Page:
The Mostly True Story of Tanner & Louise

Colleen Oakley (The Invisible Husband of Frick Island; You Were There Too) takes readers on an offbeat, whirlwind road-trip adventure--with an underlying serious message--in The Mostly True Story of Tanner & Louise. Louise Constance Wilt is an unpredictable, whip-smart native of Atlanta, Ga. The 84-year-old widow hobbles around on a bum hip, so her children, who live hours away, decide it's time for their mother to have some live-in help. Enter floundering, 21-year-old Tanner Quimby, whose promising college sports scholarship--and dreams of playing soccer professionally--are sidelined by a very badly broken leg. The arrangement would appear a win-win for the two injured women. However, after some initial mutual resistance--and Tanner attuned to some dubious red flags in Louise's behavior--the duo set off on an impulsive road trip. When Louise's daughter files a missing persons report, the family discovers that Louise has actually been living under an alias for years--on an FBI watchlist involving a notorious jewel heist in Boston in the 1970s. Could this be true? And does this have anything to do with Louise and Tanner suddenly going on the lam?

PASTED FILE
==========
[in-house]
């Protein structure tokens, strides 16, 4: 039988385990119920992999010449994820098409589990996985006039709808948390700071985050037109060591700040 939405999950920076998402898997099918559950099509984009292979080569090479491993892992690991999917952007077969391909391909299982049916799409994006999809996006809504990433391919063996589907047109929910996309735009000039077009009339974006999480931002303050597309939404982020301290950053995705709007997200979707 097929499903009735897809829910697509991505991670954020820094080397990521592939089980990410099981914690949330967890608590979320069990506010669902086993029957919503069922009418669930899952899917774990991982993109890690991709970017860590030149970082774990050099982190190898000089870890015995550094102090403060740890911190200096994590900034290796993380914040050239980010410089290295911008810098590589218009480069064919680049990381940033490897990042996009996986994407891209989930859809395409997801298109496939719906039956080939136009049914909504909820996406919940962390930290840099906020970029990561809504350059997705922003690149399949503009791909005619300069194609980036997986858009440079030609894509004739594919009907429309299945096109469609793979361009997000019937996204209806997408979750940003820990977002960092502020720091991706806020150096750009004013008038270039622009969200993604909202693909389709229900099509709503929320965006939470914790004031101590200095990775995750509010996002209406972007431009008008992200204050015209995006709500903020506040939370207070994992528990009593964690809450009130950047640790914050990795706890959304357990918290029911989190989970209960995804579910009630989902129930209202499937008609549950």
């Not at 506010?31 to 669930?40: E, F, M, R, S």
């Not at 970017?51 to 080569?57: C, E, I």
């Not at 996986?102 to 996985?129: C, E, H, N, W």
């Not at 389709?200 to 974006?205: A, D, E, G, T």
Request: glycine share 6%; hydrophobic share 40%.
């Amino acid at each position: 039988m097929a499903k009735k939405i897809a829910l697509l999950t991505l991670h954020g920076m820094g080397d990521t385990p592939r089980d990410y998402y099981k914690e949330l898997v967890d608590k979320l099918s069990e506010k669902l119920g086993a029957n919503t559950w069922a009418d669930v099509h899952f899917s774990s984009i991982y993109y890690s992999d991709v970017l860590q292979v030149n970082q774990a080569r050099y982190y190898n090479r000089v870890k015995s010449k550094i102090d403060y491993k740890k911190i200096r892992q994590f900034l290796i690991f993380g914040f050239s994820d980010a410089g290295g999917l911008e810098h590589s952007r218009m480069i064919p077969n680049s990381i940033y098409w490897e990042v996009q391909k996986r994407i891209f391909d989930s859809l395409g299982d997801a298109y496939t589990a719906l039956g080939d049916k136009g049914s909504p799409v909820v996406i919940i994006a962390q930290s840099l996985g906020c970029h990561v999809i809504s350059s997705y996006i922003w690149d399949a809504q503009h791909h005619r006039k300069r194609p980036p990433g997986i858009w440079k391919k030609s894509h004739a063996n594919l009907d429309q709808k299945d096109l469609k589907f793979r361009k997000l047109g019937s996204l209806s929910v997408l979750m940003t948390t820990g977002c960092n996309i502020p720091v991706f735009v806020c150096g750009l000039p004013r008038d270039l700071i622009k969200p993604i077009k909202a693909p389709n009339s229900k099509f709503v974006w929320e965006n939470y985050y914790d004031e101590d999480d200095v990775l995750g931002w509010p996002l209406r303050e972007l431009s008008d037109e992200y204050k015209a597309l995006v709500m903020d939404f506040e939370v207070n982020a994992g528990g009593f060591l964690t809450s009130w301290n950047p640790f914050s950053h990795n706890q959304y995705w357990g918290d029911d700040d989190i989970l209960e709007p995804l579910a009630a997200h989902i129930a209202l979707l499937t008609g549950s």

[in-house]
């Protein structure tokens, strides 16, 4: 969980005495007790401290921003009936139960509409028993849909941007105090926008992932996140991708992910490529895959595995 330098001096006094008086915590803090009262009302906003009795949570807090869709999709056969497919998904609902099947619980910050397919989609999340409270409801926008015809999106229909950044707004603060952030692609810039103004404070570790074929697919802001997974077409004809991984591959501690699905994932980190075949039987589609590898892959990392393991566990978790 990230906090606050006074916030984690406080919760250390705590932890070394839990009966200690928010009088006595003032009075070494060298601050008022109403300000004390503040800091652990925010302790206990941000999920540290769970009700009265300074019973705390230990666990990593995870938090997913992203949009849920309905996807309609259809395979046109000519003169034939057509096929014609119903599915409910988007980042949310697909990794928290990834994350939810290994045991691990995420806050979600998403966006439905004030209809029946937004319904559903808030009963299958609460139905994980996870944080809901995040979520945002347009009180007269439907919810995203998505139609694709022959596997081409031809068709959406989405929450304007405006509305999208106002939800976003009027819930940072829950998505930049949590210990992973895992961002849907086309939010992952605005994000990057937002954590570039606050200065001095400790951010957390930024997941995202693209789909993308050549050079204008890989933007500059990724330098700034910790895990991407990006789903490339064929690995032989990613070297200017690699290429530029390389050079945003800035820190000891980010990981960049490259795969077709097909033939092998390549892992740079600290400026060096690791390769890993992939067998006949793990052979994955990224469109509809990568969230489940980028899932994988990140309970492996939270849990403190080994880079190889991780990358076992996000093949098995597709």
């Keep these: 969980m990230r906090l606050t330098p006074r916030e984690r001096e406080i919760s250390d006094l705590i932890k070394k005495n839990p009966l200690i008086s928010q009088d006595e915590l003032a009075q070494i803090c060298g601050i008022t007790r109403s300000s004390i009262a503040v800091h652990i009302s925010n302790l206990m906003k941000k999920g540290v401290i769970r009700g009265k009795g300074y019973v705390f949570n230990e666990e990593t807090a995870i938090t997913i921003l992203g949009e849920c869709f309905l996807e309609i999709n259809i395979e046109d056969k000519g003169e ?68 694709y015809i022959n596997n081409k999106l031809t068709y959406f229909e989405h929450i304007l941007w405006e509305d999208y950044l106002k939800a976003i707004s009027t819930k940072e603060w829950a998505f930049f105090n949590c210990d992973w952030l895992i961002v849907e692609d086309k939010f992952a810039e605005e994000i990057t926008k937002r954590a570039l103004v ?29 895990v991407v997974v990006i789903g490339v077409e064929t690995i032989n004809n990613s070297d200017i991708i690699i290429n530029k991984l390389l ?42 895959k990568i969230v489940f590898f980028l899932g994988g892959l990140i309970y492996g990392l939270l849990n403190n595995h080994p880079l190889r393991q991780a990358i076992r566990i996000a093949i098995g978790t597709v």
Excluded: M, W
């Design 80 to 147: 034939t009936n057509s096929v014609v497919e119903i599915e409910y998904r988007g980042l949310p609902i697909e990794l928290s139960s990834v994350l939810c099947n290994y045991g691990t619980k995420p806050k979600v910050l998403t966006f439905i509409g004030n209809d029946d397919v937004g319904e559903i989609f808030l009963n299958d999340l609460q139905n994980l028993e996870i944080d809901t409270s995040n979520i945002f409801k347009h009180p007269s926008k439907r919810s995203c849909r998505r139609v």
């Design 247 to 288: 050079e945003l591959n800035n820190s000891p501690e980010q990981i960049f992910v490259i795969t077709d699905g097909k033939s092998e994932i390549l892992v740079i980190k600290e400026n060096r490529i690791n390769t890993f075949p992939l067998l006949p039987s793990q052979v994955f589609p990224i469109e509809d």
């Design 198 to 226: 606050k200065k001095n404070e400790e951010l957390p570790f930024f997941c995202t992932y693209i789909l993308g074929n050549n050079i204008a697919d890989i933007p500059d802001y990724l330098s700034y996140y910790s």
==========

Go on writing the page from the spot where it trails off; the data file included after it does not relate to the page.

Well-structured elements of mystery and suspense infuse this enjoyable friendship story about lives--however burdened by challenges and questionable choices--well-lived. A lively plot, oddball characters and surprising twists bring levity to darker themes that probe issues of feminism and aging. Oakley's storytelling is first-rate. Readers will eagerly hop aboard this wildly fun, greatly entertaining ride. --Kathleen Gerard, blogger at Reading Between the Lines

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